We have our own memory and we have Google as our other memory. (We also have the option of the Yahoo and DMOZ directories.) Now imagine, if we could bridge the chasm between directories and search engines, making it much more customized to our likes and trails that we leave as we surf the Internet, and also taking into account all that we write in emails, blogs or otherwise.
Imagine a system that uses our memory and knowledge as the starting point. We begin by outlining our interest areas – the topics that form the ecosystem of our lives. This is akin to the Yahoo or DMOZ directory of topics only, much more relevant to us. For example, in my case the main categories of this list would be something like this: Affordable Computing, ICT for Development, Emerging Markets, Enterprise Software, Information Management, New Technologies and India.
If one were to search these topics in Google, the resulting set of links would be helpful only to a small degree and only for the first few times that we did the search (since the results would be nearly the same each time in a short span of time).
These topics are wide topics, and need to be narrowed down. What is needed is a taxonomy for each of the topics, which helps in further refining our interests. The Google search results, perhaps the Yahoo (or DMOZ directory) and our own knowledge form the basis of this hierarchy. For example, my outline for Affordable Computing could look like this: Hardware (Thin Clients, Refurbished PCs, PDAs), Software (Linux, Applications, Language Computing), Communications (Ethernet, WiFi, WLL, VSAT).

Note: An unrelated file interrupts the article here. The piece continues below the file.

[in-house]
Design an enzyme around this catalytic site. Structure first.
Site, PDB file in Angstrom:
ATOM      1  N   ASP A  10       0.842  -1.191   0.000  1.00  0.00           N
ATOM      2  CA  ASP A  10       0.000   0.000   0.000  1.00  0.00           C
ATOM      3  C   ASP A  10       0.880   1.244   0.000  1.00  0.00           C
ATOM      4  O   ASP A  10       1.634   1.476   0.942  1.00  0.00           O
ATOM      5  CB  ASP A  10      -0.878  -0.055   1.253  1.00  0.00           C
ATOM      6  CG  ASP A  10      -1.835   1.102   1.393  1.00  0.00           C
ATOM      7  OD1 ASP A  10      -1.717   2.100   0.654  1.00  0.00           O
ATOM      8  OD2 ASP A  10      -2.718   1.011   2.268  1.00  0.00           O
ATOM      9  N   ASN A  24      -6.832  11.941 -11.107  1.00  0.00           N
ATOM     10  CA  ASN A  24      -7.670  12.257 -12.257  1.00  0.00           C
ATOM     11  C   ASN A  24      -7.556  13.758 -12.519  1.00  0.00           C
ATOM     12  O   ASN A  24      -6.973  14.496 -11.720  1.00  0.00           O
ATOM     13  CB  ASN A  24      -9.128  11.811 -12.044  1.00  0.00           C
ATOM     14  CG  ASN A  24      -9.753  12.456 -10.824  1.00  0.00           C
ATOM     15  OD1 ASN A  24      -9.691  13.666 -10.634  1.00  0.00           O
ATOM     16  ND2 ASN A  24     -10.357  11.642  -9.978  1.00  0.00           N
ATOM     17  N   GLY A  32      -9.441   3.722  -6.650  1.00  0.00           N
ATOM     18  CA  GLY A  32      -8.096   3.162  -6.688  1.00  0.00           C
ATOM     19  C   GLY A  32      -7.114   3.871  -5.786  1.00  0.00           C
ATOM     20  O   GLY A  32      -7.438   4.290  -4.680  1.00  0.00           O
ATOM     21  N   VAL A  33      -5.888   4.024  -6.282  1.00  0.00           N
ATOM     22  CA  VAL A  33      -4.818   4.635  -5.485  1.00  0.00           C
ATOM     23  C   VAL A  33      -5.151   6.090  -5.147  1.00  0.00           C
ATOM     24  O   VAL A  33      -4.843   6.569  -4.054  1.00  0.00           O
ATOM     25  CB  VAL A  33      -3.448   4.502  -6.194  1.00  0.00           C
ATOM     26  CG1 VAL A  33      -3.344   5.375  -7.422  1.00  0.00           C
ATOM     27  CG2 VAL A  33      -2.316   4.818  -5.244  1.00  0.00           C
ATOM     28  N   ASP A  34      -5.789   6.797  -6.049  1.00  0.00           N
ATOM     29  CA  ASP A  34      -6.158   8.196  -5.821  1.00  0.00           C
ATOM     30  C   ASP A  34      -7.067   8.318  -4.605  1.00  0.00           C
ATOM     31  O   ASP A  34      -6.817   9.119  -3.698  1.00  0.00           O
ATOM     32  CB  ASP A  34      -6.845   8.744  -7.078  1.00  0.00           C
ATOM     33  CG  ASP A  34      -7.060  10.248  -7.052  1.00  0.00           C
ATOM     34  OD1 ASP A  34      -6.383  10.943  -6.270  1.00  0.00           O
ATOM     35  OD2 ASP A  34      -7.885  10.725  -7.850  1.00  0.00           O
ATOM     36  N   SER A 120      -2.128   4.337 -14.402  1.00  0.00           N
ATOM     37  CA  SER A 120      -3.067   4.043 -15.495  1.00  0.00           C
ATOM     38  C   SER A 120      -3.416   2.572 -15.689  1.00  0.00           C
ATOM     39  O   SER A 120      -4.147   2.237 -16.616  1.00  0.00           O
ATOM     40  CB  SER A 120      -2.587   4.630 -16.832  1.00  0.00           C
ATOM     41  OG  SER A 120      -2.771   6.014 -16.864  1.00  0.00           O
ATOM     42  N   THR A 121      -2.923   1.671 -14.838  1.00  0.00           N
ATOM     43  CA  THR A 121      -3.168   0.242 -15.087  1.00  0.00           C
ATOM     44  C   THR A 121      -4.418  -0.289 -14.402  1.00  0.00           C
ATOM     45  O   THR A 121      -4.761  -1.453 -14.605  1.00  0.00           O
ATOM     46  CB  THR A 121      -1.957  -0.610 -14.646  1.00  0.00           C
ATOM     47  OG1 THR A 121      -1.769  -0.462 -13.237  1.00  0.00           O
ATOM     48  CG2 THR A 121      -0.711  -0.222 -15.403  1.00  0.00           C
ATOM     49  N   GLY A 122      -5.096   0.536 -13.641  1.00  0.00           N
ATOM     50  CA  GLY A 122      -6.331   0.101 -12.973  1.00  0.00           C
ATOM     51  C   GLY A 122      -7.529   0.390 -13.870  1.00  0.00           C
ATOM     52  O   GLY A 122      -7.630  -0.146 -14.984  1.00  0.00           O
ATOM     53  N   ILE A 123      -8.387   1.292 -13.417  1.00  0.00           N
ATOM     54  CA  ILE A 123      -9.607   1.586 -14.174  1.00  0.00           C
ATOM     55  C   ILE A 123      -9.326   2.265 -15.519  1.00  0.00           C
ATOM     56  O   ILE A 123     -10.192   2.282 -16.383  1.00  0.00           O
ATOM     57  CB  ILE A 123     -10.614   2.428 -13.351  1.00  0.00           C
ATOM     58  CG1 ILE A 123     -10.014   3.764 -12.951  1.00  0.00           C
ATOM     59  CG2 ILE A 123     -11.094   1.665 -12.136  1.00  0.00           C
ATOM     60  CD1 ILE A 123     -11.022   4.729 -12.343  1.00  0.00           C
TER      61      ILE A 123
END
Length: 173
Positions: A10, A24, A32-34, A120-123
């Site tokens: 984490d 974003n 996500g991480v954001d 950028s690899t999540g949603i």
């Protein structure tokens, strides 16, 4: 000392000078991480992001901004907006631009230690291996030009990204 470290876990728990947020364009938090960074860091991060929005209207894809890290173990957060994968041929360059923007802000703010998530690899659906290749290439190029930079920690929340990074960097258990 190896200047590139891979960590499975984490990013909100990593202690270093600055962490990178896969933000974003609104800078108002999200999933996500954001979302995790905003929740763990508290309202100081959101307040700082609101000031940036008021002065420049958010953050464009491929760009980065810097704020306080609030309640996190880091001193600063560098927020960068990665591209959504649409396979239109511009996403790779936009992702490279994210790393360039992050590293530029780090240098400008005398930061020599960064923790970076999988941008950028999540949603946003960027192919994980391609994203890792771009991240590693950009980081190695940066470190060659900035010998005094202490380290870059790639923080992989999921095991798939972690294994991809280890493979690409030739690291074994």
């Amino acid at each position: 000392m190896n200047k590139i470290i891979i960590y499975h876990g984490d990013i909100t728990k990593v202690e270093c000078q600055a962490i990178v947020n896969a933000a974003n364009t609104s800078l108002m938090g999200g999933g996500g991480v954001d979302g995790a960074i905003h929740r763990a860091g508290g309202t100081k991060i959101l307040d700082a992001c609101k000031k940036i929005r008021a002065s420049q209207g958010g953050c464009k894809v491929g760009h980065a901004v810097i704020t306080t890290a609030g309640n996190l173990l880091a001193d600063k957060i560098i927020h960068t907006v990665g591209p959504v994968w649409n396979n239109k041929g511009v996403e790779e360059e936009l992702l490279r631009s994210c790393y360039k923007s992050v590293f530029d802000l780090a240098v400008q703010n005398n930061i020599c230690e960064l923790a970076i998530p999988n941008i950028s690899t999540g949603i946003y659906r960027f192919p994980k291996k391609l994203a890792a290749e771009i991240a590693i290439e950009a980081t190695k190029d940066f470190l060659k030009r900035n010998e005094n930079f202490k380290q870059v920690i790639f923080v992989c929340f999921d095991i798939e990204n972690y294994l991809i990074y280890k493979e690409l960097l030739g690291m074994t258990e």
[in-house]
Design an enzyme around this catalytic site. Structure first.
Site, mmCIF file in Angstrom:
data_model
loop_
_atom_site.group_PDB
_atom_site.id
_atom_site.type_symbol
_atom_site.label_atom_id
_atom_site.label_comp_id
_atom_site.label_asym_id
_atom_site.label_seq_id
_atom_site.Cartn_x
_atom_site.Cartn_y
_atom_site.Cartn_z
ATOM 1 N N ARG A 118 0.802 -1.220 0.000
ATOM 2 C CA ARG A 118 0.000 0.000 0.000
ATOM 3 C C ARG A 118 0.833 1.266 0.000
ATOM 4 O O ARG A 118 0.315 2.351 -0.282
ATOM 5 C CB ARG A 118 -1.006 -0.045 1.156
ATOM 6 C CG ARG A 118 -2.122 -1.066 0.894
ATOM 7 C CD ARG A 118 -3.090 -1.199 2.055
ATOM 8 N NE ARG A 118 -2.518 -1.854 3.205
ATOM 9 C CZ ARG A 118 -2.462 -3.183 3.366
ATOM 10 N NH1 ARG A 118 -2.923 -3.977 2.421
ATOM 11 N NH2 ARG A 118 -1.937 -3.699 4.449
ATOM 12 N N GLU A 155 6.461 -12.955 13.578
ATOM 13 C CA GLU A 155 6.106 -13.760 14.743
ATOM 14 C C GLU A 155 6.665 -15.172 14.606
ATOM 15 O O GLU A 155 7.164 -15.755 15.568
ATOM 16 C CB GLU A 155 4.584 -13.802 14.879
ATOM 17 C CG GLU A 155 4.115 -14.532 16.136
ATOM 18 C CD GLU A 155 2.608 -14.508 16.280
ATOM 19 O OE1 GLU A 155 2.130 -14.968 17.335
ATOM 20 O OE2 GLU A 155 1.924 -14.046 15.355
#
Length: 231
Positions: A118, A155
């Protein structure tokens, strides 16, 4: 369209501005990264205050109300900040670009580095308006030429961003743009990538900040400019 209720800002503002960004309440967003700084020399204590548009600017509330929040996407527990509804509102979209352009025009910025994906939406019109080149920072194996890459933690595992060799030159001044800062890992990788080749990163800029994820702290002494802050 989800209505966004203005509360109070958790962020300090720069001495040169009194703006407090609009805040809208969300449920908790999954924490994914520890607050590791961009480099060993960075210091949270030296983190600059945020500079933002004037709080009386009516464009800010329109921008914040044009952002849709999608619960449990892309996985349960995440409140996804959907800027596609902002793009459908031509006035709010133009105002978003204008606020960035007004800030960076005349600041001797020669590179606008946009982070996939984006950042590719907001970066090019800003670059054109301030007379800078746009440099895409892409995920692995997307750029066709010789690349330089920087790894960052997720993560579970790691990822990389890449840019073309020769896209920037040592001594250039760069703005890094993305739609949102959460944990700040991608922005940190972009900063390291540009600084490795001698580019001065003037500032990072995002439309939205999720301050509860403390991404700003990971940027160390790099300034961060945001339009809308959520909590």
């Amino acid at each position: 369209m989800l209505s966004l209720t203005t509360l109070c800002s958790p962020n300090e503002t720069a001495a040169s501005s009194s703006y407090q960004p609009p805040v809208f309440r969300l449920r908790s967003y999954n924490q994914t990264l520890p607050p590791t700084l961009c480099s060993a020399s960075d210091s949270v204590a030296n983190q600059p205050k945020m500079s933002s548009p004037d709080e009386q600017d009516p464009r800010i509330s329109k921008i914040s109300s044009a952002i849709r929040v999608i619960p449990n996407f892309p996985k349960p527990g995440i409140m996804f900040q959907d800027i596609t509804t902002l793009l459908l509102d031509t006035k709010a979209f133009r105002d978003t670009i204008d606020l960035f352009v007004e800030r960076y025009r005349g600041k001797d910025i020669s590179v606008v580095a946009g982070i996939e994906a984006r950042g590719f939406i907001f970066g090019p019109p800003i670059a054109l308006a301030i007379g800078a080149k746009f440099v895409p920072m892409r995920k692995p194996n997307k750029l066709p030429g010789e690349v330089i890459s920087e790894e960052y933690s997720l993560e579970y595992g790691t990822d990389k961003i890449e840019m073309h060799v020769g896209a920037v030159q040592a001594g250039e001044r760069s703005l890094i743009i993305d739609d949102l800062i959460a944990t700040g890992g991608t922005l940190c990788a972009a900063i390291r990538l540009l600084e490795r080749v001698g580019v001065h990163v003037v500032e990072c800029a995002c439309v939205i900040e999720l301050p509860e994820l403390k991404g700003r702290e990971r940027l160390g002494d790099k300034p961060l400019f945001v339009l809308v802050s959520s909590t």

This hierarchy of topics serves as the basis for our interests. It gives a unique lens and context to the information that we browse on the Web, write in emails and receive as attachments. These topics will evolve as our interests change and as we come across experts who may have done a better job in building out a certain part of the information ecosystem.
This is an evolving information base built not by a centralised organization, but in a distributed manner by each of us. We all have expertise in specific areas. This was manifested in the early days of the Web through the millions of home pages created on Geocities and Tripod. At that time, the only way to build out these pages were by explicit and time-consuming personal involvement something few of us were prepared to do. (Basically, the web was good for reading, but not as friendly for writing.)
So, now, imagine if each of us could build out these personal directories outlines of topics and connections to other directories, people and documents. Much of this would happen automatically as we browsed and marked pages of interest, embellishing them with our comments. When we search, it would first scan our world of relevant information rather than the world wide web of documents.
In other words, each of us would have a microcosm of the information space, created and updated continuously by what we did. It would ensure that our ideas would have a context, that we would never forget something, and that we could leverage on similar work done by millions of others like us. This is the real two-way web linking not just documents, but people, ideas and information.
Vannevar Bush imagined just such a system in 1945. He called it the Memex.
Next Week: Constructing the Memex (continued)